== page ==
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Anger and defiance from Kavanaugh at climactic Senate hearing after Ford says she's sure he assaulted her

U.S. Supreme Court nominee Brett Kavanaugh strongly denied that he sexually assaulted Christine Blasey Ford decades ago at a fiery Senate hearing Thursday that could upend his nomination. Kavanaugh told the judiciary committee he "never committed sexual assault" and said the accusations against him had turned the confirmation process into "a national disgrace."

U.S. Supreme Court nominee says he's facing an 'orchestrated political hit'

Brett Kavanaugh, U.S. President Donald Trump's nominee for the Supreme Court, denied allegations that he sexually assaulted Christine Blasey Ford when they were in high school as he took questions from senators on the judiciary committee charged with assessing his nomination. (Gabriella Demczuk/Reuters)

U.S. Supreme Court nominee Brett Kavanaugh strongly denied the allegation that he sexually assaulted Christine Blasey Ford decades ago, saying he "never committed sexual assault" and calling the confirmation process "a national disgrace" — a message echoed by several Republican senators.

His opening statement before the Senate judiciary committee Thursday came after Ford, her voice cracking, told senators she is certain it was Kavanaugh who sexually assaulted her in 1982, when she was 15 and he was 17.

Ford, a research psychologist and professor at Palo Alto University in California, told senators on Thursday that a drunken Kavanaugh attacked her and tried to remove her clothing at a social gathering in Maryland.

"I believed he was going to rape me," she said in her opening statement. She also said she believed she might die when, she alleged, Kavanaugh put his hand over her mouth to stifle her calls for help.

"It was hard for me to breathe, and I thought that Brett was accidentally going to kill me," she told the committee of 11 Republicans and 10 Democrats.

Watch Ford describe the alleged assault:

Christine Blasey Ford tells the U.S. Senate judiciary committee how the alleged sexual assault by Supreme Court nominee Brett Kavanaugh unfolded one night in 1982. 1:39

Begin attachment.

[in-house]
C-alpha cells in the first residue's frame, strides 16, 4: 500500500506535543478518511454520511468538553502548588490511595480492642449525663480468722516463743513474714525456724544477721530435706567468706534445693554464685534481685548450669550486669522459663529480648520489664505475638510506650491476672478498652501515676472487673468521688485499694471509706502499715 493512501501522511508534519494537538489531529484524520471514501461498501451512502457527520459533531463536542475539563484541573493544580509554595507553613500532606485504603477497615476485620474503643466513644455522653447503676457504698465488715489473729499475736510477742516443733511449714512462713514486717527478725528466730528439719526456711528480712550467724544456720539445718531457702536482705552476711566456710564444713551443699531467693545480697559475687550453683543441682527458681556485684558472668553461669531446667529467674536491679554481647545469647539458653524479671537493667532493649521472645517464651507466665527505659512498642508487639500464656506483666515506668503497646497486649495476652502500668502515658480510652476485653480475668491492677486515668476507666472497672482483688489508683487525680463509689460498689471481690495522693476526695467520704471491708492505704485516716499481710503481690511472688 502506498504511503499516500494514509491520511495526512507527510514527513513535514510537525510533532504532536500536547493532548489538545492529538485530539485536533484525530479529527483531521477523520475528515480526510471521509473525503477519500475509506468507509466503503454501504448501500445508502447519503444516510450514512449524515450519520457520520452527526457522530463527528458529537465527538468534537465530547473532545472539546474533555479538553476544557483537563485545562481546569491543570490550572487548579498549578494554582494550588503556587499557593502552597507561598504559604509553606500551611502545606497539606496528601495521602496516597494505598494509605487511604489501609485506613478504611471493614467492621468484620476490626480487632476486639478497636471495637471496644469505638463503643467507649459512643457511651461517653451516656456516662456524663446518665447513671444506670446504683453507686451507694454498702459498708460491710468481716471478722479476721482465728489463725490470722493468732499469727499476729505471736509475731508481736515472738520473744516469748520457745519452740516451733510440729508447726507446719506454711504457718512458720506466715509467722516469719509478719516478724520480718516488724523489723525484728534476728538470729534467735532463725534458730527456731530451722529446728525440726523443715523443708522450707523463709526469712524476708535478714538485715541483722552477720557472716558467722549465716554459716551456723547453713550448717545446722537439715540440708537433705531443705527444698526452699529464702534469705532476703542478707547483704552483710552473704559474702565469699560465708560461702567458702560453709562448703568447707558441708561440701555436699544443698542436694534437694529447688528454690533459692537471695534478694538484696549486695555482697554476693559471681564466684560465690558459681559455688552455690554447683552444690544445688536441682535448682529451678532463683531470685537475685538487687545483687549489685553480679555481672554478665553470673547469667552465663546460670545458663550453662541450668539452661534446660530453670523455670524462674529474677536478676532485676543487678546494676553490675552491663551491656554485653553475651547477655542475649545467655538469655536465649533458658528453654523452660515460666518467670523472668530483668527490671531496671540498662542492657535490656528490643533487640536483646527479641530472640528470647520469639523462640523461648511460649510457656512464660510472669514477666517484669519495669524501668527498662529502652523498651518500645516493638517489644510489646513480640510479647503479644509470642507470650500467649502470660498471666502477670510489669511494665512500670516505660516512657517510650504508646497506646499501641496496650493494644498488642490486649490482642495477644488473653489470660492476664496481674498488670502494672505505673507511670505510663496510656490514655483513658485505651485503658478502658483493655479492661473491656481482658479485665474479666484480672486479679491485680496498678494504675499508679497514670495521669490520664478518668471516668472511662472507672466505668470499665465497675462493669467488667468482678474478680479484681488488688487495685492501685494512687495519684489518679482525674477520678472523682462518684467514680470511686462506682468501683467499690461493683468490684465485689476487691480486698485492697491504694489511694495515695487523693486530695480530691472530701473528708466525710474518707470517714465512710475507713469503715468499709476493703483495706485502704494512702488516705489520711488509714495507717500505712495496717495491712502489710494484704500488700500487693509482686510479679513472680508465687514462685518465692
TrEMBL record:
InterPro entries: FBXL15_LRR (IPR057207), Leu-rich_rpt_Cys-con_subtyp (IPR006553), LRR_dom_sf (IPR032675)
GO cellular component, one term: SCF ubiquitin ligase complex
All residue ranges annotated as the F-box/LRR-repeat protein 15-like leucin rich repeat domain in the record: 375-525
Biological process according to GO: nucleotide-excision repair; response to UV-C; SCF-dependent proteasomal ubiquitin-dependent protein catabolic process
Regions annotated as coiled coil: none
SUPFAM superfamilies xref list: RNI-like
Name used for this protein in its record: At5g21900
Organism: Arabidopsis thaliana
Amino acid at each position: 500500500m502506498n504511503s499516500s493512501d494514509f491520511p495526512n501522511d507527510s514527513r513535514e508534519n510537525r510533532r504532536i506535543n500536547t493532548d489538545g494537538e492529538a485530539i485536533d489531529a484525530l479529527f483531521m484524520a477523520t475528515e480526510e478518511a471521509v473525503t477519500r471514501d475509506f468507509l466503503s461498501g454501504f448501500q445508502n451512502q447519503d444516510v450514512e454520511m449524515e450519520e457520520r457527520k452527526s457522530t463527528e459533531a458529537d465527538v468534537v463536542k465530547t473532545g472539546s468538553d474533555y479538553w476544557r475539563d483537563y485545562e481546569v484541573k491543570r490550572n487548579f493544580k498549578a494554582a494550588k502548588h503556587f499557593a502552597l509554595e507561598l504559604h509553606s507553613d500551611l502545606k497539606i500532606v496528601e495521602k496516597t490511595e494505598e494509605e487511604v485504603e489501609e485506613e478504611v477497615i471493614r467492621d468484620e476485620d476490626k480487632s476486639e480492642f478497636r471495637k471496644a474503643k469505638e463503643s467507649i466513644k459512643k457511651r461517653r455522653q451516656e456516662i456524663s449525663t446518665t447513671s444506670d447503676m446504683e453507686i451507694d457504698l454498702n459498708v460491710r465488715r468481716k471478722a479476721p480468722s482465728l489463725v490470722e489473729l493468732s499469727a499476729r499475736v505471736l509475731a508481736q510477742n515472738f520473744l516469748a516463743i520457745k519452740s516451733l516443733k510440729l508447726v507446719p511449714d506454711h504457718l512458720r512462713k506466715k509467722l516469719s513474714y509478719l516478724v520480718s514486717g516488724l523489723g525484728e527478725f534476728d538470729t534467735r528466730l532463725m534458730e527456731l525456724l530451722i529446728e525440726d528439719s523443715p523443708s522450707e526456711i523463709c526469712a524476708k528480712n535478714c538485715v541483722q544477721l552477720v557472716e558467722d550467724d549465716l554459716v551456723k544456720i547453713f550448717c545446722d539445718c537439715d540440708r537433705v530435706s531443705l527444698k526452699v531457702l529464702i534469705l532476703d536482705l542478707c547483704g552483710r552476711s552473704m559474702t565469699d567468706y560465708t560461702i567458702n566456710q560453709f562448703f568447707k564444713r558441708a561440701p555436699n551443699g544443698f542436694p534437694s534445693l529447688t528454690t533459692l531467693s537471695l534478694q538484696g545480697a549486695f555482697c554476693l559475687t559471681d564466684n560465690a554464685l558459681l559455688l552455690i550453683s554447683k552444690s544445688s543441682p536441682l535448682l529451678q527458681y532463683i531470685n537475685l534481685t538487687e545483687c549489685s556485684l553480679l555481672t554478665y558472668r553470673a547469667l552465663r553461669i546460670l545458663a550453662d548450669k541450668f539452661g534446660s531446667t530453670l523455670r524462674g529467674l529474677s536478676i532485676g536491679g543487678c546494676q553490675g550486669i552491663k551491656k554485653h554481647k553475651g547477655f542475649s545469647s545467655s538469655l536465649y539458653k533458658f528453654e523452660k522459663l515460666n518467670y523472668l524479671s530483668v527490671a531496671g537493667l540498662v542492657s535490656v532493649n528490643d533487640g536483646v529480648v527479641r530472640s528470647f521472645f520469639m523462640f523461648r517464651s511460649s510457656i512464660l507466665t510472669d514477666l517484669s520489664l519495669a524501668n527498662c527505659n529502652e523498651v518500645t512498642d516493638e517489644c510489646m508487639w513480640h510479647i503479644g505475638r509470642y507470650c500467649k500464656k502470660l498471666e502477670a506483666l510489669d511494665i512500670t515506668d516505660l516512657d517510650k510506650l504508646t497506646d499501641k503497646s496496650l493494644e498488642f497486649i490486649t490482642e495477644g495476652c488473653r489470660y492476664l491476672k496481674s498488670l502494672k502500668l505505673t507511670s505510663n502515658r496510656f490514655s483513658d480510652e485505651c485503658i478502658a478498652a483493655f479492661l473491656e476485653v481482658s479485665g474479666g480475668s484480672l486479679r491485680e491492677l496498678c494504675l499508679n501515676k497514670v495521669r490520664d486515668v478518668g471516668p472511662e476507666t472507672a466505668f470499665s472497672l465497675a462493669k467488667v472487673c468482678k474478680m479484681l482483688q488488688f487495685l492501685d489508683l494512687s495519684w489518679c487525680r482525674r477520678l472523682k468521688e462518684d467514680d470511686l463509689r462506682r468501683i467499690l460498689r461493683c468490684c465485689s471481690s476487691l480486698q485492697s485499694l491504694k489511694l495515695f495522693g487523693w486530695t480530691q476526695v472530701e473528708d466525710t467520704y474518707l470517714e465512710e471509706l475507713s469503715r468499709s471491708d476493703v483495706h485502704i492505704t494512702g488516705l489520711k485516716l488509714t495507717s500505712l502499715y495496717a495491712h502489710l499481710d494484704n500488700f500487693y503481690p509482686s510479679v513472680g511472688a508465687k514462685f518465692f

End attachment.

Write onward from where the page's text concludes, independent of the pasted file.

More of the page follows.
Emotional — and defiant

In a blistering and occasionally tearful opening statement, Kavanaugh, 53, said that the 10-day delay between the emergence of Ford's allegation and the hearing had permanently damaged his family and his reputation — as well as the Supreme Court and the country. 

This whole two-week effort has been a calculated and orchestrated political hit, fuelled with apparent pent-up anger about President Trump and the 2016 election.- Brett Kavanaugh, Supreme Court nominee

He said "this whole two-week effort has been a calculated and orchestrated political hit, fuelled with apparent pent-up anger about President Trump and the 2016 election." 

"I was not at the party described by Dr. Ford," he said.

Defiant in his denials, Kavanaugh said he wouldn't be "intimidated" into withdrawing from the confirmation process. 

Watch Kavanaugh answer questions about allegations other than Ford's:

Democratic Sen. Dianne Feinstein asks nominee about other accusers 3:55

The federal judge said he's not questioning that Ford may have been assaulted "by some person, in some place, at some time."

"But I have never done that to her, or to anyone," he said, before turning back to 1982 and disputing the details of the allegation.

Ashley Kavanaugh listens as her husband testifies. (Win McNamee/Reuters)

The allegation isn't "merely uncorroborated. It is refuted by the very people she says were there," he said. 

The Associated Press reported that three people who Ford remembered being present stated they had no recollection of the party Ford described in her allegation. But their statements did not disprove the allegations, either.

Democrats, Republicans disagree after Kavanaugh is asked to back FBI probe:

Democrat urges Kavanaugh to seek FBI investigation 6:22

Ford said during her testimony she did not tell any of those who attended about the alleged assault at the time and wouldn't expect anyone but those involved to remember it as it was an unremarkable gathering for anyone but her and the two men she said took part in the assault.

Kavanaugh, who said several times that he thinks accusers should be heard, maintained that the allegation was uncorroborated through hours of questioning, in which he was asked about everything from his teenage drinking to his character.

As the hearing proceeded, Trump's nominee was pushed by Democrats to ask the White House to pause the process so the FBI could investigate.

Republican Lindsey Graham says he's voting for Kavanaugh:

Republican senator says he will vote to confirm Kavanaugh to U.S. Supreme Court 1:21